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Mainland students outperform Hong Kong peers in English test
Author: EnglishTeacher    2023-03-25


Results from an internationally recognised English proficiency test show that Mainland Chinese candidates have made greater improvements in their English language skills than their Hong Kong counterparts over the past decade. According to an analysis by the South China Morning Post, the International English Language Testing System (IELTS) recently announced the results of last year's test takers from 39 nationalities who are non-native speakers.

The IELTS test assesses candidates' proficiency in English and rates them on a 9-band scale, with 1 indicating a "non-user" of the language, 6 a "competent user," and 9 an "expert user." The test comprises four sections: reading, listening, writing, and speaking, each of which is graded separately.


Hong Kong candidates' English proficiency ranked third in Asia last year, behind test takers from Malaysia and the Philippines, according to the latest report. They performed best in listening with a mean score of 7.1. Meanwhile, Malaysian test takers had an overall mean score of 7, while students from the Philippines received 6.8 and Mainland Chinese candidates got 6.1, ranking 15th in Asia. Mainland candidates performed best in reading.

However, despite the progress made by Mainland Chinese candidates in recent years, Hong Kong students still had better scores overall. The mean score for Hong Kong candidates last year was 6.7, while Mainland Chinese candidates received 6.1. Hong Kong candidates ranked 10th and Mainland Chinese candidates ranked 29th among the nationalities.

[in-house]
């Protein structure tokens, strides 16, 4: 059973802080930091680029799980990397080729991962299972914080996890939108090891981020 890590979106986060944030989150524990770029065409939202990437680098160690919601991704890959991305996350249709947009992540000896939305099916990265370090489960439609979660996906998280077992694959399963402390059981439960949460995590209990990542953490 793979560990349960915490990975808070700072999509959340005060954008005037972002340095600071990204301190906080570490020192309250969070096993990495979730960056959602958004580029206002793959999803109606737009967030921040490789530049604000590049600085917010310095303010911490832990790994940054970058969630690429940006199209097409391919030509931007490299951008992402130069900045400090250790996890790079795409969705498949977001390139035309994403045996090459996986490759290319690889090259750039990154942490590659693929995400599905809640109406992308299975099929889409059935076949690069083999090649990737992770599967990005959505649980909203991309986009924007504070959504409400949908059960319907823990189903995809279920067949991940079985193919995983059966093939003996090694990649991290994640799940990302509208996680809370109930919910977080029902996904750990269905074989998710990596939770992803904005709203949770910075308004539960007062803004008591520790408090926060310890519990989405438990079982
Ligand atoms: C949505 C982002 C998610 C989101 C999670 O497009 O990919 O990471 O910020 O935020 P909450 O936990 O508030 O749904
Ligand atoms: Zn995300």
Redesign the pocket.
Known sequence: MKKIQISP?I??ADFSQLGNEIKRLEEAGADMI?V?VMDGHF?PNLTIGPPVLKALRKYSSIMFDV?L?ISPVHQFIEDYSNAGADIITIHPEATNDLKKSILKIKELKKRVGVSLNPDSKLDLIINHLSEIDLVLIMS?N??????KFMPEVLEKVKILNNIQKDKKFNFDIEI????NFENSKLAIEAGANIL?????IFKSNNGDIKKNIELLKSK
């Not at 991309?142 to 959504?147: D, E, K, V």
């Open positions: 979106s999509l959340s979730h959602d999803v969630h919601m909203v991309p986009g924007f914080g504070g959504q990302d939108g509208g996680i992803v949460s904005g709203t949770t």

While Mainland Chinese candidates still have room for improvement, veteran English teacher Pauline Chow Lo-sai, who has taught Mainland students, attributes their progress to China's opening up to the world and the frequent use of the internet. She also notes that Mainland candidates are usually those who are preparing to study overseas and are trained as "exam machines." Chow adds that Mainland students have a better grasp of grammar and a richer vocabulary than Hong Kong students but their relatively poor listening skills could affect their pronunciation, contributing to their lower marks for both listening and speaking.


Alexa Chow Yee-ping, managing director of recruitment agency ACTS Consulting, which had once set up a branch on the mainland, also said the opening up of China had boosted the younger generation's English skills. She added that many Mainland Chinese parents had put all of their resources into preparing their only child and sending them overseas to study. "Thousands of Mainlanders have gone overseas to study in the last decade, and their English skills surely became better than before," she said.

While it is encouraging to see Mainland Chinese candidates making significant progress in their English proficiency, it is important to note that the results may be skewed due to the fact that Mainland Chinese candidates may have had lower initial proficiency scores. Nonetheless, the progress made by both Hong Kong and Mainland Chinese candidates highlights the importance of English proficiency in a globalised world, where being able to communicate effectively in English can open doors to new opportunities.


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